Media heist in Media, Pennsylvania. SJ Dodgson MJoTA 2015 v9n1 p0605
So many good folks working, and dying, for "We the People". So many politicians, profiteers and uniformed folks pushing back and working for tyrants to inform us, and determine our paths.
Four city blocks, bounded by 5th and 6th Streets and Walnut and Race Streets comprise the Philadelphia memorial to independence. Included at the Walnut Street end is Independence Hall, with a statue of George Washington at its front door, and at the Race Street end, the Constitution Center. These parks were jammed on the 2015 Martin Luther King jr Day, click here.
The US Constitution, right from the start, was controversial. A memorial on Market Street, see pictures below, gives the wording that some wanted to include, which made owning slaves illegal. How much suffering, indignity, poverty, early death could have been eliminated if these words had been included. Ah.
We were always meant to have rules that worked for We the People: rules that ensured our liberty, health and education so that we can all lead purpose-filled lives. When a century of apartheid was overturned in the Supreme Court, brave folks traveled by bus to as far south as they could go, because the laws against apartheid had been removed, but tyrants in buses, schools and shops insisted on continuing to make life hell for American citizens.
The Freedom Riders were ordinary Americans, the bus rides were ordinary. Except they were not. Because tyrants insisted on continuing the American apartheid in which Americans of entirely European descent were expected to only interact to exploit Americans with African ancestors. And if anyone crossed invisible lines, tyrants beat them, shot them, burned them, jailed them.
John Raines was a Freedom Rider in the early 1960s, and spent time in jail because of his simple act of riding a bus with friends. I listened to him speak last night about taking on not just petty tyrants that filled southern police forces and southern judiciary.
He, with 3 women and 4 other men, took on the FBI and in a planned raid, managed to get into a regional office in Media, Pennsylvania, on March 8, 1971, on a night when the whole world was watching a Joe Frazier vs Muhammed Ali fight, and relieved the office of every single file. They mailed files anonymously to newspapers and before too long, the whole world knew that the FBI was not working for We the People but in every way was trying to intimidate, bully and mold us, and even murdered Fred Hampton, a charismatic young leader in the Black Panthers.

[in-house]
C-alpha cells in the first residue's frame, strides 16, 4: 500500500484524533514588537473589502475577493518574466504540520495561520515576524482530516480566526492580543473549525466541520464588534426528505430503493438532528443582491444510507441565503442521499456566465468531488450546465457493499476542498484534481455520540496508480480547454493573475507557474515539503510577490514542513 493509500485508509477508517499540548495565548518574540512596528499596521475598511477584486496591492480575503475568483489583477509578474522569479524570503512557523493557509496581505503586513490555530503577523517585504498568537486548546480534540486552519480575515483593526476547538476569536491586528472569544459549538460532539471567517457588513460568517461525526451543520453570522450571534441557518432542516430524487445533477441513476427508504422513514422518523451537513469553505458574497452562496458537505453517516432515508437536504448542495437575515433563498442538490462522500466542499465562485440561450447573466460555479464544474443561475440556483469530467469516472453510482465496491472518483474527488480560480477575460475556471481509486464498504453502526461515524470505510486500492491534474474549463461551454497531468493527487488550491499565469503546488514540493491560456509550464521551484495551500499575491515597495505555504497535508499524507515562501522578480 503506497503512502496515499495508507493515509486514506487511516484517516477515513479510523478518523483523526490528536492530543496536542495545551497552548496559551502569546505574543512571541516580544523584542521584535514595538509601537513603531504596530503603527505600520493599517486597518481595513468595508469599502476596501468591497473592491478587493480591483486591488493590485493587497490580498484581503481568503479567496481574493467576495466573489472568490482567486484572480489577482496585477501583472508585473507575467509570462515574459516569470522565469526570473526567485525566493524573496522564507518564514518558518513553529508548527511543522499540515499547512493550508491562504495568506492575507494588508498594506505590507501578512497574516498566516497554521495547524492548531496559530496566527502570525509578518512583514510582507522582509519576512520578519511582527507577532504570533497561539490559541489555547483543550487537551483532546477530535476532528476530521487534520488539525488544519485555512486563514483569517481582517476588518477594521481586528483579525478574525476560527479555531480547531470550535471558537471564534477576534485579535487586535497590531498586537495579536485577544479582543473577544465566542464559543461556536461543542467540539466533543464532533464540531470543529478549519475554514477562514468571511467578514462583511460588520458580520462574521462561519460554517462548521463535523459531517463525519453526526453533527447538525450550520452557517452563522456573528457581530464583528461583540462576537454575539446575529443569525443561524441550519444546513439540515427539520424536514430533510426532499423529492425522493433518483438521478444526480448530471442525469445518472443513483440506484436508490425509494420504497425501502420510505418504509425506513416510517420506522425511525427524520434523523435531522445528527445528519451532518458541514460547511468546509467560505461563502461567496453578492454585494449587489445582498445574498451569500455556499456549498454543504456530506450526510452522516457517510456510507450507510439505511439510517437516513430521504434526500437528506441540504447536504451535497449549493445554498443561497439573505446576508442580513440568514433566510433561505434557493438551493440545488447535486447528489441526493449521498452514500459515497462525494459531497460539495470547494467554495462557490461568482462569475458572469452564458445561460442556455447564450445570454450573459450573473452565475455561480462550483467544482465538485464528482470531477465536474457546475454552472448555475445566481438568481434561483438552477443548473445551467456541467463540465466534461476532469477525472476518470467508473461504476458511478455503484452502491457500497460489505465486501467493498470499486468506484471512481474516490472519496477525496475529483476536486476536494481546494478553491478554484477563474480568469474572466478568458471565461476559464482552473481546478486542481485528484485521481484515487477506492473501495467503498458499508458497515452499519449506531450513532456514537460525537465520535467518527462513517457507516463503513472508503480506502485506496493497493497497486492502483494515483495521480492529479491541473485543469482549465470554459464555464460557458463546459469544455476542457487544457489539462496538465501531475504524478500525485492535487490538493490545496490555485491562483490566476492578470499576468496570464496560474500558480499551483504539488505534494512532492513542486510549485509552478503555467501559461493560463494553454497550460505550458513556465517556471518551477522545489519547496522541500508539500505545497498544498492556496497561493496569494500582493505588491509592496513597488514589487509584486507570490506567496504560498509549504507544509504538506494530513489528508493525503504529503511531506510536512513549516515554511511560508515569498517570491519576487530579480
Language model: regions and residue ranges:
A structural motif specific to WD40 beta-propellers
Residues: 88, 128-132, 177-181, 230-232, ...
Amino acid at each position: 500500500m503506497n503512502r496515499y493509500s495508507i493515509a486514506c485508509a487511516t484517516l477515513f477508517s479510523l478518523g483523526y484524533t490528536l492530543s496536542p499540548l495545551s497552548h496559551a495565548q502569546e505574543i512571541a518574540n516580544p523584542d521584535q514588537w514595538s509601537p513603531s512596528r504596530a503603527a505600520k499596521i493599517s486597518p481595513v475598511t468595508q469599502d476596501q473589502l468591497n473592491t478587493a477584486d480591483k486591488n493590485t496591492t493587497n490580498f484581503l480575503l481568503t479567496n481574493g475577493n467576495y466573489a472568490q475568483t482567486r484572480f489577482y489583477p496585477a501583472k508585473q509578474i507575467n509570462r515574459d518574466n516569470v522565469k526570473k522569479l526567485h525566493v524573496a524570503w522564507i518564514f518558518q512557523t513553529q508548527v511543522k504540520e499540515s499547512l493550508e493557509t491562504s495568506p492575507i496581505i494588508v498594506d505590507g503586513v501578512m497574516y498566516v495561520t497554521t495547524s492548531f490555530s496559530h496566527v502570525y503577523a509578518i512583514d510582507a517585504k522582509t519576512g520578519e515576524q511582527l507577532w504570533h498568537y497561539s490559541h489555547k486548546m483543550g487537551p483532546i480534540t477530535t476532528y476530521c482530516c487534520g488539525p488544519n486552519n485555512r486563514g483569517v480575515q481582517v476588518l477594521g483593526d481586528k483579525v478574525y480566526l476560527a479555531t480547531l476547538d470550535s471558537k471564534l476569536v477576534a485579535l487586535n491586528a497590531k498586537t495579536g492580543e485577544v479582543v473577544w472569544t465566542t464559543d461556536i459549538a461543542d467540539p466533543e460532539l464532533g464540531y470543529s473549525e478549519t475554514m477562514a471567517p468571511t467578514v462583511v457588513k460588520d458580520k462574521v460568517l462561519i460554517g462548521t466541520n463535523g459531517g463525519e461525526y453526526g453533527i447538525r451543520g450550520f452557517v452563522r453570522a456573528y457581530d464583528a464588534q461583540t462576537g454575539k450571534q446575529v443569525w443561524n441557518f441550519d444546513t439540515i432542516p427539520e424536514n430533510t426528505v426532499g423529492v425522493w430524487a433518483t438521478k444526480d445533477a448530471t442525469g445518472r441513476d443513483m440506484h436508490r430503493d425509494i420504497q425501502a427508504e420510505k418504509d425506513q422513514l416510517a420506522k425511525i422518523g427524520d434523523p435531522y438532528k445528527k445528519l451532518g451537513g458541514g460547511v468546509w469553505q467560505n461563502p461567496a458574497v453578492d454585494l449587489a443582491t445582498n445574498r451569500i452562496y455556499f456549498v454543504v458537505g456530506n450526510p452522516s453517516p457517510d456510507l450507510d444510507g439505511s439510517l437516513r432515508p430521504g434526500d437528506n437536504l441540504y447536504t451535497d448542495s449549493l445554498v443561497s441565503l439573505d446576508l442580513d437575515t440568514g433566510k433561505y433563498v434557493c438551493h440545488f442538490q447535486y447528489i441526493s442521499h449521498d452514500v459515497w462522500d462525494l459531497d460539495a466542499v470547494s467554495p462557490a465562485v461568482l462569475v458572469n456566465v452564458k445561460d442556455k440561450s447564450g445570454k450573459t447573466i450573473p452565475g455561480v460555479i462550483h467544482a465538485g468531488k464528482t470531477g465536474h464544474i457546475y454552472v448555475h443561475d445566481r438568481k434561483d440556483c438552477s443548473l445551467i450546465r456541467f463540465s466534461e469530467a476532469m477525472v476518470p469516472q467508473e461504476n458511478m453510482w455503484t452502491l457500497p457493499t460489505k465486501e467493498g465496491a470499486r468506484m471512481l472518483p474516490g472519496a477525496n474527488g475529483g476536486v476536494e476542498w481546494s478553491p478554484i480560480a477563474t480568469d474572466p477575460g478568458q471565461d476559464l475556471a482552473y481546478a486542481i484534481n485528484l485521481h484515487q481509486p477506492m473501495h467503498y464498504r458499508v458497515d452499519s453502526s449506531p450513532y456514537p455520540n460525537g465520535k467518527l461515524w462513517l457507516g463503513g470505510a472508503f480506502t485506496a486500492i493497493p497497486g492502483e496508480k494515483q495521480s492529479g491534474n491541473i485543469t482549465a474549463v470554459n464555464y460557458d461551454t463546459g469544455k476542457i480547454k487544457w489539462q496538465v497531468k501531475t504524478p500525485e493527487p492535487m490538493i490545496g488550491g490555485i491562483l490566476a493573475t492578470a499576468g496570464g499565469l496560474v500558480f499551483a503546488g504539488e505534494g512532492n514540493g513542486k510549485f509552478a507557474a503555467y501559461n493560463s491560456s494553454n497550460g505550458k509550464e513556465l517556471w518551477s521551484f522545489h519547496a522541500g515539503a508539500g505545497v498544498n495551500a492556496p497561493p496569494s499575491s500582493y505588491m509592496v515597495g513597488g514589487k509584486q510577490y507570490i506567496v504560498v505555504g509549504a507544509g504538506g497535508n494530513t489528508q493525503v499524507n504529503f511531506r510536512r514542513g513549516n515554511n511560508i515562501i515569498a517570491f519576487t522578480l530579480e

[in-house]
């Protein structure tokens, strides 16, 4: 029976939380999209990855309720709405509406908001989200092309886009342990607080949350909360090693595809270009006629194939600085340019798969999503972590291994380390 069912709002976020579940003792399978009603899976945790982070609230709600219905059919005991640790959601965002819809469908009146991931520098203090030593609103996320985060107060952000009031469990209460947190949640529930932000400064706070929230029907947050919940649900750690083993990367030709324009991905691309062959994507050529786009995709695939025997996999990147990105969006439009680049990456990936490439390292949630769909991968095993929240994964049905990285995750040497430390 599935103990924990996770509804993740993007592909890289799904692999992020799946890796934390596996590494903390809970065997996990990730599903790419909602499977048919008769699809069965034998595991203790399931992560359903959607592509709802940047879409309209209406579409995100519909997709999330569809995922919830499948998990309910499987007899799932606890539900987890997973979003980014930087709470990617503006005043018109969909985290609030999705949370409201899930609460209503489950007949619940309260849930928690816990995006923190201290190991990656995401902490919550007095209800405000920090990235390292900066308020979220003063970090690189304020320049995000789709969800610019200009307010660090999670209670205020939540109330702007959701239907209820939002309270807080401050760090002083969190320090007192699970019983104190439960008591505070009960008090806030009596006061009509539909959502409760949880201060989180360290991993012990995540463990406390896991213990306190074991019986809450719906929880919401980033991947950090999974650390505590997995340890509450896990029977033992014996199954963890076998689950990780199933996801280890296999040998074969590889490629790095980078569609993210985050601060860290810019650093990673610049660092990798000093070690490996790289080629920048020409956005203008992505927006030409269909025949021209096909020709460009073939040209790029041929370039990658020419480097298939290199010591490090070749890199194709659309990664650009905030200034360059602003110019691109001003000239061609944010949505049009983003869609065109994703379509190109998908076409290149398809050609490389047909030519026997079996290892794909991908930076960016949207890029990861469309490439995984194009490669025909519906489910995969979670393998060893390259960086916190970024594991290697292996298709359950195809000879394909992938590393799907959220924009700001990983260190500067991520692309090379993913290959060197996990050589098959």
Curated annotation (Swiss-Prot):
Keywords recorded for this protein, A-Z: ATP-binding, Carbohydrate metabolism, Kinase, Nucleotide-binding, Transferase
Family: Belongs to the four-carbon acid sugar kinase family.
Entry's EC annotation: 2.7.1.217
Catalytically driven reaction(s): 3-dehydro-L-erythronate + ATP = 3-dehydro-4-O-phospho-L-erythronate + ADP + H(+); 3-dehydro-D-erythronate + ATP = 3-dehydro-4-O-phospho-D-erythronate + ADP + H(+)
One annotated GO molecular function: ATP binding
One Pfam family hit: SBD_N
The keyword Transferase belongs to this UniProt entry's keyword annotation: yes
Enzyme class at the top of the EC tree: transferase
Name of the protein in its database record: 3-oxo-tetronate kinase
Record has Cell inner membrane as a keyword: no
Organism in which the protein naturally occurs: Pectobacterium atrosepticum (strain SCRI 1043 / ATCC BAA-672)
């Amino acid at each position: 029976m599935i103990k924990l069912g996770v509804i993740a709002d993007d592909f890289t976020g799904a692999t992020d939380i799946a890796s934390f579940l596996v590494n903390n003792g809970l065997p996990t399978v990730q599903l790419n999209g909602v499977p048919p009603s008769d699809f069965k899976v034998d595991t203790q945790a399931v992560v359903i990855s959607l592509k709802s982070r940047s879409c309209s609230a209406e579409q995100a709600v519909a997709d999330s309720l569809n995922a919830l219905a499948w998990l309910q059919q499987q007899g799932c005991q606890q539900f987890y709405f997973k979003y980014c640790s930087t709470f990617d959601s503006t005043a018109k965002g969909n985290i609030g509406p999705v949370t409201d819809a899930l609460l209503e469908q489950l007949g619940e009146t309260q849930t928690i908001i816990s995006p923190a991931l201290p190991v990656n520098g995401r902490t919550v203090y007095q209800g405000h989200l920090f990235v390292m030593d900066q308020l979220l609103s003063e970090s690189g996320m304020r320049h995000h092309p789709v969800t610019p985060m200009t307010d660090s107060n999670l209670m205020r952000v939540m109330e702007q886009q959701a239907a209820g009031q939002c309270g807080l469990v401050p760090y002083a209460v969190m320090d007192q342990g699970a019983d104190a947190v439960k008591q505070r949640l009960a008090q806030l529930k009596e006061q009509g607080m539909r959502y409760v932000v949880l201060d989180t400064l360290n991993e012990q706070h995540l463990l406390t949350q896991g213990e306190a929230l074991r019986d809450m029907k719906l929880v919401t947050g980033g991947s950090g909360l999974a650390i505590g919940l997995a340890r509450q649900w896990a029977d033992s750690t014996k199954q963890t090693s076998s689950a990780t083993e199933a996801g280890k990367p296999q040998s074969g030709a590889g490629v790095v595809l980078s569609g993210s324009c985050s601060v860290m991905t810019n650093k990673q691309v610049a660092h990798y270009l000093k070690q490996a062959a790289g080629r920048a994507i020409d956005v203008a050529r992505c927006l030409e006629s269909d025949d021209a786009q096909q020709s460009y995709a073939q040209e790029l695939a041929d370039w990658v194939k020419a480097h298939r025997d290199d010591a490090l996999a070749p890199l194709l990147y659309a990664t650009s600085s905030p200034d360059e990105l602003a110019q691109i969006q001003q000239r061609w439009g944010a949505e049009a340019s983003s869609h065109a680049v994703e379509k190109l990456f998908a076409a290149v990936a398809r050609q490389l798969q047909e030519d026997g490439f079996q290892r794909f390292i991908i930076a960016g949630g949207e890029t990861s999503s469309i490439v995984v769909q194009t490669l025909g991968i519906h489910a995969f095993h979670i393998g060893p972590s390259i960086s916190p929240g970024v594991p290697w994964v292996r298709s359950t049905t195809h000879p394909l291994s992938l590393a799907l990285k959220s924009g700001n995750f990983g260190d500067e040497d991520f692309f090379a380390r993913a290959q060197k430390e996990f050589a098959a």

I was 19 in March 1971. During that month, I started the 2nd year of my science degree, sat in my first biochemistry lecture and heard Professor EOP Thompson describe amino acids at the University of New South Wales. I was not opposed to the Vietnam War, even though I knew I did not want anyone I knew to fight alongside American soldiers. I was a fundamental Christian, and had been told that godless hordes would take over Asia in a domino effect and would end up taking over Australia. If we did not stay Christian. Rather than challenge this, and come to terms with my friends who were being jailed for protesting the Vietnam War, I focused instead on the beauty of the symmetry of amino acids, and wondered why no-one had ever told me about them. And decided that I wanted to follow the symmetry and logic of molecules the rest of my life, and was not going to leave university until I had my PhD. And that is what happened. I flew into Philadelphia after being awarded my PhD in physiology and pharmacology, after unsuccessfully running for state parliament as a 3rd party candidate, after a trek through California, Texas and Florida, to start work as a post-doctoral fellow in Philadelphia, at the University of Pennsylvania, in Nov 1978, the day that Margaret Mead died.
Several of the 8 citizens who broke into the suburban Philadelphia FBI office in Media were my age, but undoubtedly more sophisticated politically. After the break-in, John Raines, and his wife Bonnie Raines, who was one of the 8, remained in Philadelphia, hiding in plan sight as 200 FBI agents tried to figure out who to arrest. Another, William Davidon, who was physics faculty at Haverford College, remained also in the area until his death in 2013. That they would not be caught, and be able to continue their lives was not clear when they were planning the break-in, or afterwards when the United States Congress deliberated on their findings. That they were all able to lead lives that were normal and not incarcerated is miraculous.
They were the lucky ones. We heard that 19 American citizens remain in jail because of FBI lies, intimidation and traps. One man, jailed for 43 years, spoke to us in a voice that was strong, and not bitter. His message, and the message from all of the speakers, and the documentary film maker, was to make sure our country has rules that permit us life and liberty, and to rise up against any institution that works to take these away from us.